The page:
(Reuters) - Canada’s Cameco Corp (CCO.TO) (CCJ.N) reported a surprise quarterly loss and cut its full-year production outlook on Friday as uranium prices extended their slump, driving its shares down 12 percent.
The global uranium industry is locked in a six-year tailspin, dating back to the 2011 tsunami that caused Japan to shutter all of its nuclear reactors, some of which have since restarted.
Tokyo Electric Power (Tepco) (9501.T) in February scrapped a supply contract with Cameco, the world’s second-biggest uranium producer, worth about C$1.3 billion in revenue through 2028.
“We can’t control the timing of a market recovery so we continue to focus on .. being as streamlined and efficient as possible,” Cameco Chief Executive Tim Gitzel said in a statement.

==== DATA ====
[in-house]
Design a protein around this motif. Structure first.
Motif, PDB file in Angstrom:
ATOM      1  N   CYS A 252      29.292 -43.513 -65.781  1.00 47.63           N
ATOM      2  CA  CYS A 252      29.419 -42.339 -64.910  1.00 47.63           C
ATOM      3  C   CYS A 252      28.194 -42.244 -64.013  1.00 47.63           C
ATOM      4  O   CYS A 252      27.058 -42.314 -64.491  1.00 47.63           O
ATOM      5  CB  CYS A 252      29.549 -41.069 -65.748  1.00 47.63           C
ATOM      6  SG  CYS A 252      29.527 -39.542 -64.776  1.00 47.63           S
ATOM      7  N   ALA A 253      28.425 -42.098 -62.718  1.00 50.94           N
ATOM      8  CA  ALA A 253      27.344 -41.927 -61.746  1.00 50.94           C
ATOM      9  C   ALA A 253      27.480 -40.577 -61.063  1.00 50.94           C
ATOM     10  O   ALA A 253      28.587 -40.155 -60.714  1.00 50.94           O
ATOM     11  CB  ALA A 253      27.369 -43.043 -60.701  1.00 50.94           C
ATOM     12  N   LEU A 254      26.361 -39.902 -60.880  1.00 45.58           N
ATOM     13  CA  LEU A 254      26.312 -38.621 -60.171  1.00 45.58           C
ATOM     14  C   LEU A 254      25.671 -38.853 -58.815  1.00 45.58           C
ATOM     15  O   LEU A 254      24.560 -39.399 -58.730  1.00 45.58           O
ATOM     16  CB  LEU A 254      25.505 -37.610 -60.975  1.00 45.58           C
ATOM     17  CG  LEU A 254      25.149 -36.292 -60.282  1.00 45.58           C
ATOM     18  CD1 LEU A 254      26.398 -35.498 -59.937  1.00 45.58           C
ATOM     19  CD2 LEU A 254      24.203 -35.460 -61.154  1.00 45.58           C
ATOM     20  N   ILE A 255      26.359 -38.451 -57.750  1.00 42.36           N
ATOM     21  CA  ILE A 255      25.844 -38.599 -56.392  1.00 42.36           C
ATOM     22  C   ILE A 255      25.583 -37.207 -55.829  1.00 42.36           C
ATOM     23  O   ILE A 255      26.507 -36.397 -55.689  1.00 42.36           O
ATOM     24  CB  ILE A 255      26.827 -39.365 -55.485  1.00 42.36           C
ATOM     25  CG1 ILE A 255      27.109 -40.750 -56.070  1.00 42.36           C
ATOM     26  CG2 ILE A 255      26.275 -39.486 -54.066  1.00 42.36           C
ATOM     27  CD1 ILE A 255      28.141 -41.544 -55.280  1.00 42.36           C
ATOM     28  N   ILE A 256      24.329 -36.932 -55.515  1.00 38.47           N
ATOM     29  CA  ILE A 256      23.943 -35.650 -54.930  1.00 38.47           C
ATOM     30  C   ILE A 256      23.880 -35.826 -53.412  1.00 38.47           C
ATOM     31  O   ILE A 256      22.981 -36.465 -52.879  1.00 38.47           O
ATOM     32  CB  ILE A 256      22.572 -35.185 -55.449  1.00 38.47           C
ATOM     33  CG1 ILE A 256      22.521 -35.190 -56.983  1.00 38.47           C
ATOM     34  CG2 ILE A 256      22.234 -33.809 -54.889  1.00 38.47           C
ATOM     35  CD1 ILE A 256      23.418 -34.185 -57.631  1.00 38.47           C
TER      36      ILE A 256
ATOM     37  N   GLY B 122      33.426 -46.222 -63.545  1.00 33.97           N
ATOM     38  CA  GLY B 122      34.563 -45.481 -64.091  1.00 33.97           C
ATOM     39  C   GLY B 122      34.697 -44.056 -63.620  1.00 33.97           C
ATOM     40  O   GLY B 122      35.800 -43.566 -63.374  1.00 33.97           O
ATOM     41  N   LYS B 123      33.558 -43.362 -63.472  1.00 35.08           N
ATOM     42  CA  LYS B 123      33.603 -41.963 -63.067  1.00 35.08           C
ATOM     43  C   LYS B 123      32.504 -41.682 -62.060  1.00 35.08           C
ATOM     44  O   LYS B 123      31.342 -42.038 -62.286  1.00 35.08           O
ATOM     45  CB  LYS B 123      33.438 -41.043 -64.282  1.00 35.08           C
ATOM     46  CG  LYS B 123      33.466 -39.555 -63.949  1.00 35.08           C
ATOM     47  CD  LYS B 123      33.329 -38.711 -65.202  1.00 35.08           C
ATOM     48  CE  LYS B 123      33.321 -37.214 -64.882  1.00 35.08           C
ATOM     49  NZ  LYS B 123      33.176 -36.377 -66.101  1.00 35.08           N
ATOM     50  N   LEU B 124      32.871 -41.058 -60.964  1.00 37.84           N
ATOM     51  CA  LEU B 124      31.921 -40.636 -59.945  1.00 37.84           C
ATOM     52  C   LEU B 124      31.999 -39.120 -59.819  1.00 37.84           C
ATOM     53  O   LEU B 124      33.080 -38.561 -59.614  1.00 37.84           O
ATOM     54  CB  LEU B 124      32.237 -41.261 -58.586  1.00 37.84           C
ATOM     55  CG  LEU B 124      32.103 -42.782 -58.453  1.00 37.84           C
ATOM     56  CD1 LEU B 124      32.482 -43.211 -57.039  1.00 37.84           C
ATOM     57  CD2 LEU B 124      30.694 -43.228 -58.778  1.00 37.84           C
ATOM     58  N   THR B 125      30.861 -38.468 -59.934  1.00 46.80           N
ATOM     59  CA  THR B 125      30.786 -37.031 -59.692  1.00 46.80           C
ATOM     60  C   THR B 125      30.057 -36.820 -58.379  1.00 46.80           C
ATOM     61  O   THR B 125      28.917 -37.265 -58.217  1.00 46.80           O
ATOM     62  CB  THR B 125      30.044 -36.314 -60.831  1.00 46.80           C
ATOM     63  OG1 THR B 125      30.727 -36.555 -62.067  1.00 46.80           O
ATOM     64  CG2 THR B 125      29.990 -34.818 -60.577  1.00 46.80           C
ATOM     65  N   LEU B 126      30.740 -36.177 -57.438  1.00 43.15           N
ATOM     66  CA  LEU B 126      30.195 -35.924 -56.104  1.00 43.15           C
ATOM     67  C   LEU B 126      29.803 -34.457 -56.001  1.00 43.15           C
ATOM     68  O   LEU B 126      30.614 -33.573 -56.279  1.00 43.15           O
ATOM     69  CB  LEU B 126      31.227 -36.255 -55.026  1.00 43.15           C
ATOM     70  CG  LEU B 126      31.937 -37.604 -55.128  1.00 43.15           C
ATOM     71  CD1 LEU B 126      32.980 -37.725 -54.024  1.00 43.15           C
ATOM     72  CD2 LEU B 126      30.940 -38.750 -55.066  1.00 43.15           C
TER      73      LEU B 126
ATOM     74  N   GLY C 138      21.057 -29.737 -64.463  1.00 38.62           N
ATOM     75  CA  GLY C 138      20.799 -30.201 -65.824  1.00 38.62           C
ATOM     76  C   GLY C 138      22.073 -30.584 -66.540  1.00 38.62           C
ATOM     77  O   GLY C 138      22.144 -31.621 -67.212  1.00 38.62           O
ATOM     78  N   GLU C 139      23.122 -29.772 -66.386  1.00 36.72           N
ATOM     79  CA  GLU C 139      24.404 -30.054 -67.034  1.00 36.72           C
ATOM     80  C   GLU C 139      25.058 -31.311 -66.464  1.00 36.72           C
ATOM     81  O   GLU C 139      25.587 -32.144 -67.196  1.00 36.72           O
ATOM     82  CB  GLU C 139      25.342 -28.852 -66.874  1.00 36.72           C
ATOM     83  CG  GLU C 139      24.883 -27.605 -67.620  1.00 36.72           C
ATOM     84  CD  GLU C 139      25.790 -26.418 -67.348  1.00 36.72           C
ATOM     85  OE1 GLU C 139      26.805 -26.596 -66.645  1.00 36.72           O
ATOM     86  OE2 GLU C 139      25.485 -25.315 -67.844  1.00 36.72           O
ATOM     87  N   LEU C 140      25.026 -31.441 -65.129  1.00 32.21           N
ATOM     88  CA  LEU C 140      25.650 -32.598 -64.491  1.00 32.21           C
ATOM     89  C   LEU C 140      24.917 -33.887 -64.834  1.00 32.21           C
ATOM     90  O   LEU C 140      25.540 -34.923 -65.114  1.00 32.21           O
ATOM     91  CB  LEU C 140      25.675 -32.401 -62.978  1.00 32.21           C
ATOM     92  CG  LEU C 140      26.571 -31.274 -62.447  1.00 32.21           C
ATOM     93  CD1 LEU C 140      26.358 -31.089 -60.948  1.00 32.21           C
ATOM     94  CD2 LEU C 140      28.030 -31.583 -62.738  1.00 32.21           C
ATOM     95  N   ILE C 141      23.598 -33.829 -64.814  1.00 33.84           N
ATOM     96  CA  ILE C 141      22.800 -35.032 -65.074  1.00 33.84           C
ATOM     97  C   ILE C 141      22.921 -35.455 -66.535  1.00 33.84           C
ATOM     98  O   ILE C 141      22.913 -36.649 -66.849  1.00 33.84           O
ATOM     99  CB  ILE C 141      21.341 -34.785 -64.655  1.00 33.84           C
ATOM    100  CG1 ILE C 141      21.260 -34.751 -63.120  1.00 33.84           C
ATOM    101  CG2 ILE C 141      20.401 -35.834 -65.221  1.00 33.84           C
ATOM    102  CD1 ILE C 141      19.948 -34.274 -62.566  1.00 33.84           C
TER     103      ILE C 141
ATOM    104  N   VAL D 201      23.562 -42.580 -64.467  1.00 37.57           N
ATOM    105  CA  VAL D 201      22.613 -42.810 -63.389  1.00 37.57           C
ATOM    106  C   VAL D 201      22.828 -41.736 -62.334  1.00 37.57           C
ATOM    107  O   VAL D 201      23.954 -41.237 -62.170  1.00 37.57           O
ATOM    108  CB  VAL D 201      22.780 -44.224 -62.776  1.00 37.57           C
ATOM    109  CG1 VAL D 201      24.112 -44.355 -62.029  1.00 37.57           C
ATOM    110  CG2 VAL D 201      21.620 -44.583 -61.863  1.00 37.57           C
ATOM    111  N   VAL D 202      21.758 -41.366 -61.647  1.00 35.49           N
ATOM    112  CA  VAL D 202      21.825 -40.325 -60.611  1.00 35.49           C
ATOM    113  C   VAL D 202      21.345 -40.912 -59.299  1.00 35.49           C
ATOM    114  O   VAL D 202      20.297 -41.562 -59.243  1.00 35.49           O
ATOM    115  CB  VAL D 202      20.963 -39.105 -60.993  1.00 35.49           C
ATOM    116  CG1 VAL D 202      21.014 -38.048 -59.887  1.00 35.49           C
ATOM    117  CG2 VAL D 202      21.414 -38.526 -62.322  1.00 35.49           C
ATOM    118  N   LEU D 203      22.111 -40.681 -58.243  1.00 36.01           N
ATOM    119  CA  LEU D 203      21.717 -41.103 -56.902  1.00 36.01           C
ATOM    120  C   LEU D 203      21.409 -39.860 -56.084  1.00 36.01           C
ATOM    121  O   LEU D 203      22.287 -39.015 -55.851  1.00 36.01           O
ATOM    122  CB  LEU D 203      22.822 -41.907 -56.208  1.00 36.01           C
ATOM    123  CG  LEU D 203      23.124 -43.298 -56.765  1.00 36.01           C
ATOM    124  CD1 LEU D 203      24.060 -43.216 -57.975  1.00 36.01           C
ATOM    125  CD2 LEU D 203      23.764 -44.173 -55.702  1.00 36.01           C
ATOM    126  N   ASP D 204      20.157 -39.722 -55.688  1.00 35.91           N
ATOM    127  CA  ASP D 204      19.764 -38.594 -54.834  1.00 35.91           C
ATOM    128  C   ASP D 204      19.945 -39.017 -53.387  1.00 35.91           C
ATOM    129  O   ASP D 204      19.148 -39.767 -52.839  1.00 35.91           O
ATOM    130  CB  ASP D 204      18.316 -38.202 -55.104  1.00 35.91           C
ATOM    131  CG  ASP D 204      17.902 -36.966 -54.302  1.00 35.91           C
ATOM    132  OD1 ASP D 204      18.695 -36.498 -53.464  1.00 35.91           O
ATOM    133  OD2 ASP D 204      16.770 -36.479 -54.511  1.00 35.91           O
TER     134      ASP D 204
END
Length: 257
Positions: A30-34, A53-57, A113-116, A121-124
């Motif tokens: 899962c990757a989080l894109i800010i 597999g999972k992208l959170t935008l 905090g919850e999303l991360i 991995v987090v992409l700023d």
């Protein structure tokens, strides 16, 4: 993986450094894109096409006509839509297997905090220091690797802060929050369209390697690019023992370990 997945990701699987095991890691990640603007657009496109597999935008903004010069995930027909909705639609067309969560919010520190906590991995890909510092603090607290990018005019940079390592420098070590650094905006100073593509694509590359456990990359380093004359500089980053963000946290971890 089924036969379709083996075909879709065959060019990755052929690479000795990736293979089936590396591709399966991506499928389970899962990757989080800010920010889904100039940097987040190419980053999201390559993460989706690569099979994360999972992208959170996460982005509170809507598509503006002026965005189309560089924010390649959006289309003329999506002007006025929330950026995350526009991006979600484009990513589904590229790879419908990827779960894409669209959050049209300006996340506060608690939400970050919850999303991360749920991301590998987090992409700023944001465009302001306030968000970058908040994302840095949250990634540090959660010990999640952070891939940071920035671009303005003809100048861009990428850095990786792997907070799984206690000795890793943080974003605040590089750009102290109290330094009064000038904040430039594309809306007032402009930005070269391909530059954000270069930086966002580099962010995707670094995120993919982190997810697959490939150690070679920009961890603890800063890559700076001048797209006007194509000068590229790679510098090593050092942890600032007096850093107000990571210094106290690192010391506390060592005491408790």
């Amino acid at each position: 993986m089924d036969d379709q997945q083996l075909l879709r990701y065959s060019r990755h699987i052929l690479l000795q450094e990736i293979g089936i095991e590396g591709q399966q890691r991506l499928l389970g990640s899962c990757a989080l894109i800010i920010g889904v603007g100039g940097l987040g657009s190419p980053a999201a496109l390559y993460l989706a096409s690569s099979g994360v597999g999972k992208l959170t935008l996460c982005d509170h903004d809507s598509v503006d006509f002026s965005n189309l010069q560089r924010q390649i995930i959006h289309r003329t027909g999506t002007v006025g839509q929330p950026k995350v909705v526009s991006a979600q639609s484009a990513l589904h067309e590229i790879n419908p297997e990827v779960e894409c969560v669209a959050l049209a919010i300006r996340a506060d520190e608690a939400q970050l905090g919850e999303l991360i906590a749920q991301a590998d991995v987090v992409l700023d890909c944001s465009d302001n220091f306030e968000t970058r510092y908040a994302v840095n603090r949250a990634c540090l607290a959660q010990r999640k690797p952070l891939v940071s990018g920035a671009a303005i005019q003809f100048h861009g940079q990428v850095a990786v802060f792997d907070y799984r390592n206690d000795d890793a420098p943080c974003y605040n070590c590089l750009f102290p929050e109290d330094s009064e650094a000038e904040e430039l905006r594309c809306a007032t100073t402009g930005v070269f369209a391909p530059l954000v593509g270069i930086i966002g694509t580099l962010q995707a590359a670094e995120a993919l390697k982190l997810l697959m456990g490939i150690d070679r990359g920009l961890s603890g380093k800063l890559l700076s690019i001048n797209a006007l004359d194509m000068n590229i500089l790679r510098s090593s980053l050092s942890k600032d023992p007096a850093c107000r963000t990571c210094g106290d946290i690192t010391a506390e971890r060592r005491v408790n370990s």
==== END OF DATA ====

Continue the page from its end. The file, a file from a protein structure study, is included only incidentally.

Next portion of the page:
Cameco’s Toronto-listed shares plunged 12 percent at C$9.97, touching their lowest since January 2016.
Cameco has already lowered guidance a few times, but still managed to disappoint, said Rob Chang, analyst at Cantor Fitzgerald.
“Things appear to be worse than they say it is,” he said. “It seems the market, whoever is left in uranium, is hoping they were going to see at least neutral signs, if not positive signs.”
Saskatchewan-based Cameco’s third-quarter uranium sales volume fell 1 percent to 9.2 million pounds, and its average realized price for the metal fell 26 percent to C$41.66 per pound.
Revenue dropped 27.5 percent to C$486 million ($377 million).
The company now expects full-year production of 24 million pounds, compared with its previous forecast of 25.2 million pounds.
Cameco’s net loss was C$124 million, or 31 Canadian cents per share, in the third quarter, compared with a profit of C$142 million, or 36 Canadian cents per share, a year earlier.
On an adjusted basis, the company lost 13 Canadian cents per share. Analysts had expected a profit of 5 Canadian cents, according to Thomson Reuters I/B/E/S.
Reporting by Anirban Paul in Bengaluru; Editing by Maju Samuel and Meredith Mazzilli